Okay, is everyone as pumped as I am for this? Ever since reader Adam proposed the idea some weeks ago, I’ve looked forward to making it happen – as the MDA 2012 New Year Challenge no less! Now the moment has come, and it’s a big one. As Challenge participant Brandi put it, “It seems like a lot of folks were looking for something just like this.” A lot is right. Readers, I’ve been bowled over by the amazing response to Success Stories in the Making. More than 400 (do the doubletake!) new and continuing Grokkers responded to the call last week and submitted their goals and photos! It doesn’t get more awesome than this, folks. The bees and I have been hard at work this past week reading and creating entries for each one in what is a whole new section for the MDA site. Today I’m excited as ever to bring it live to our Primal community.
In the comments section of last week’s post on inflammation, many of you expressed a desire for a post explaining how to know if one is actually suffering from systemic, chronic inflammation. I thought that was a great idea and decided to put the other followups on hold so I could tackle this one. Obviously, it’s easy to tell if you’ve got some acute inflammation going on – swelling, pain, heat radiating from a part of your body that’s suddenly assumed a rosy hue, and throbbing open wounds are all blatant indicators of the inflammatory process at work – but tests for markers of inflammation are not yet standard across most medical practices. With that in mind, I’ll be giving info on both objective markers for which you can test, as well as on the subjective markers I use on myself that you can “test” and use to evaluate your own level of inflammation.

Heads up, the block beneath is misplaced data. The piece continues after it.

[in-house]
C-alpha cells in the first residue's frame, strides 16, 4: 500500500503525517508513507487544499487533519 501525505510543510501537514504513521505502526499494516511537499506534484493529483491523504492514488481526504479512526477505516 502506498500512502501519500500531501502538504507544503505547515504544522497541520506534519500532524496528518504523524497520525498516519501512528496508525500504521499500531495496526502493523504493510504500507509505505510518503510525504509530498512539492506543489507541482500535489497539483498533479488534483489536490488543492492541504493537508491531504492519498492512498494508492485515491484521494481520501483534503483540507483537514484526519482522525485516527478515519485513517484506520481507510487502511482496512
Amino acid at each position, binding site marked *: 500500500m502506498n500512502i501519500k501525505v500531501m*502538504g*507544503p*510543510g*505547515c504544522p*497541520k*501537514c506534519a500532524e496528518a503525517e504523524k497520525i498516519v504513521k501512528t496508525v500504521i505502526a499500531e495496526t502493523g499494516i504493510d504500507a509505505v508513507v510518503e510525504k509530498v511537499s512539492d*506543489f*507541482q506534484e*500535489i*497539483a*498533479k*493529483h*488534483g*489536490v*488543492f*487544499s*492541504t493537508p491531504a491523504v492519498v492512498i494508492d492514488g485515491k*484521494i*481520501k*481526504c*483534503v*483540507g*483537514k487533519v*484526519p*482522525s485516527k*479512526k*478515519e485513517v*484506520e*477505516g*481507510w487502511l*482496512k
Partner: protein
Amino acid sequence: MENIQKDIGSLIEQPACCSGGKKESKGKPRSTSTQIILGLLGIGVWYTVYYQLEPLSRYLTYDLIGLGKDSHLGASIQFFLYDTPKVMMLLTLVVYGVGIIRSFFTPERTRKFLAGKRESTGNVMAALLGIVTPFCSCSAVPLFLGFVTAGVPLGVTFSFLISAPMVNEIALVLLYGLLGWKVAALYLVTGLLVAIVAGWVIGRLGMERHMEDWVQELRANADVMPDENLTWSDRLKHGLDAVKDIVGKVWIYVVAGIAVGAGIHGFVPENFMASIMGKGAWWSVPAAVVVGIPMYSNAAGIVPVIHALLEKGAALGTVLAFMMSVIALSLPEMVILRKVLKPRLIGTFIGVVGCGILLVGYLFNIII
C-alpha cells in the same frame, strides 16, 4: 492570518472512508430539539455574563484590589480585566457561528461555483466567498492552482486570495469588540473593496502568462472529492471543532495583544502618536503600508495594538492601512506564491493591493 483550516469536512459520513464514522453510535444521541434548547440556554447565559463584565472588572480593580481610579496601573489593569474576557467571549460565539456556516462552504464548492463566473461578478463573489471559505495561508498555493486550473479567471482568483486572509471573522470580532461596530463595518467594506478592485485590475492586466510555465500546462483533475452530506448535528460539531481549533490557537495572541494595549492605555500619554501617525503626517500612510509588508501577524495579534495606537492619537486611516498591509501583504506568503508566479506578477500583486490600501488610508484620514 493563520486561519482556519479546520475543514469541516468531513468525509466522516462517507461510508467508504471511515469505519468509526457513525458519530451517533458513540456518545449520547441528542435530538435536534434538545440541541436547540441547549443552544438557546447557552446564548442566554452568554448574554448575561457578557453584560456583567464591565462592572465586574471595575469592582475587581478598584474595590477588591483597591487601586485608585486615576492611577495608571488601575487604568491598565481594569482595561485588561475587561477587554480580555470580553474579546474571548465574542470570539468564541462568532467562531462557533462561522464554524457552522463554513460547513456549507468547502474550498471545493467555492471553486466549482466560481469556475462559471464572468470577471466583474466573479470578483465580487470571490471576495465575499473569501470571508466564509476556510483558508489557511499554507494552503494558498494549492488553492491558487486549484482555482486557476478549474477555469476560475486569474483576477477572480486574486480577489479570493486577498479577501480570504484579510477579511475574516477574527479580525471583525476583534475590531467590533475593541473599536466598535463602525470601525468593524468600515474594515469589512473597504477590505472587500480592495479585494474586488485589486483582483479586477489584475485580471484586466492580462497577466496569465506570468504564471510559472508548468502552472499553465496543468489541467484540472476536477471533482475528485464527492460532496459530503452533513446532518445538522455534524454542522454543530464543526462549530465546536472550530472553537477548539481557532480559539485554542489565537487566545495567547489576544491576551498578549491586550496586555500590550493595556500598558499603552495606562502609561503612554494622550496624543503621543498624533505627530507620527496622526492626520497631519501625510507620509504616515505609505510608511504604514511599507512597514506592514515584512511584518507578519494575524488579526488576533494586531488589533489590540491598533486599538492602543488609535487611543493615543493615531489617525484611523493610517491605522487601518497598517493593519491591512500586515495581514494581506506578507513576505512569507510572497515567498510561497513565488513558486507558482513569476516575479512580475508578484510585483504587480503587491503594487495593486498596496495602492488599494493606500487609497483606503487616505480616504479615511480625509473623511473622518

Let’s get to it.
It feels good to get back to our regularly scheduled Monday morning programming. “Dear Mark” is a way for me to keep my finger on the pulse of the community, to respond quickly and directly to any issues that may arise. I try to keep abreast of all this stuff, but there’s a lot, and some will inevitably slip through the cracks. When that happens, you guys pick up the slack and keep me honest and informed. These Mondays give me a chance to respond to the things I would have otherwise missed or put off until another time. Thanks for that.
This past week, I received a massive influx of emails from readers worried about the results of a new study. I figured it was a good idea to address it. Here are a few of the messages:
In his introductory theory of obesity post, Paul Jaminet proposes a “lean tissue quality setpoint,” declaring the body fat setpoint to be “so 2011.” (Okay, that last part isn’t really true.)
It’s like the author of this paper had me in mind when he wrote it: “Play as a Foundation for Hunter-Gatherer Social Existence.” (PDF)
Legendary NBA power forward Karl Malone would surely appreciate Melany Vorass’ locally-procured, bushy-tailed fare.
First, umami threw traditional taste-bud science into disarray. Now, calcium, piquance, fat, and kokumi? How human taste buds may actually taste six distinct flavors – and perhaps a half dozen more. This is like finding out that Pluto isn’t actually a planet.
There are a million ways to prepare and flavor eggs, and yet, how often do you end up making the same old scramble or omelet? Early mornings usually aren’t an ideal time to try out new recipes, which is one reason it’s so easy to dig oneself deep into a breakfast rut. If the thought of eating breakfast is starting to make you groan rather than grin, then it’s high time to change things up.
A Fajita Frittata with Avocado Salsa brings bold new flavor to breakfast without being overly complicated. Seasoned steak and peppers are sautéed and then quickly baked with eggs and topped with an eye-opening avocado salsa. The result is a flavorful and healthy breakfast that can be sliced into portions for the whole family and eaten at home or on the go. If you’re often pressed for time in the morning, then this recipe lets you get a jumpstart on breakfast the night before. Unlike scrambled eggs or omelets, a frittata tastes just as good if it’s cooked ahead of time and then warmed up the next day or eaten straight out of the fridge.
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